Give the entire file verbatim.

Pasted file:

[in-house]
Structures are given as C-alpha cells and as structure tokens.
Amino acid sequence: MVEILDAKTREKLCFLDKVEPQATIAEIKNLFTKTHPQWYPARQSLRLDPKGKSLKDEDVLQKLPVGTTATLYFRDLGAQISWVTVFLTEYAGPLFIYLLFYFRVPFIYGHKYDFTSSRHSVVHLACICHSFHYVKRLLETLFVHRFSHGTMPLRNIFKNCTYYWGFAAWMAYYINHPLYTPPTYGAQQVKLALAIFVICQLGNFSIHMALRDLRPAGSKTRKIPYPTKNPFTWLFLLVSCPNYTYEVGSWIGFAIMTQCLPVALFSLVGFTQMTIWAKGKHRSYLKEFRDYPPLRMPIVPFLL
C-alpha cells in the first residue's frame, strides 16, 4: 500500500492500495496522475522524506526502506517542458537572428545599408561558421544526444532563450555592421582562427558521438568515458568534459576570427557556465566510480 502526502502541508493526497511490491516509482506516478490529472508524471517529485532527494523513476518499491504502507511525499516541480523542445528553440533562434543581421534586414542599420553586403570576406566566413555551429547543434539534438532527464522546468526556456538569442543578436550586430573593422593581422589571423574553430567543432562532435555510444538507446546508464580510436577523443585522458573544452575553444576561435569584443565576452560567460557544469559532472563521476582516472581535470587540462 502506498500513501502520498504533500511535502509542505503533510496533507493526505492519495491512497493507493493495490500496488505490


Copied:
[in-house]
Structures are given as C-alpha cells and as structure tokens.
Amino acid sequence: MVEILDAKTREKLCFLDKVEPQATIAEIKNLFTKTHPQWYPARQSLRLDPKGKSLKDEDVLQKLPVGTTATLYFRDLGAQISWVTVFLTEYAGPLFIYLLFYFRVPFIYGHKYDFTSSRHSVVHLACICHSFHYVKRLLETLFVHRFSHGTMPLRNIFKNCTYYWGFAAWMAYYINHPLYTPPTYGAQQVKLALAIFVICQLGNFSIHMALRDLRPAGSKTRKIPYPTKNPFTWLFLLVSCPNYTYEVGSWIGFAIMTQCLPVALFSLVGFTQMTIWAKGKHRSYLKEFRDYPPLRMPIVPFLL
C-alpha cells in the first residue's frame, strides 16, 4: 500500500492500495496522475522524506526502506517542458537572428545599408561558421544526444532563450555592421582562427558521438568515458568534459576570427557556465566510480 502526502502541508493526497511490491516509482506516478490529472508524471517529485532527494523513476518499491504502507511525499516541480523542445528553440533562434543581421534586414542599420553586403570576406566566413555551429547543434539534438532527464522546468526556456538569442543578436550586430573593422593581422589571423574553430567543432562532435555510444538507446546508464580510436577523443585522458573544452575553444576561435569584443565576452560567460557544469559532472563521476582516472581535470587540462 502506498500513501502520498504533500511535502509542505503533510496533507493526505492519495491512497493507493493495490500496488505490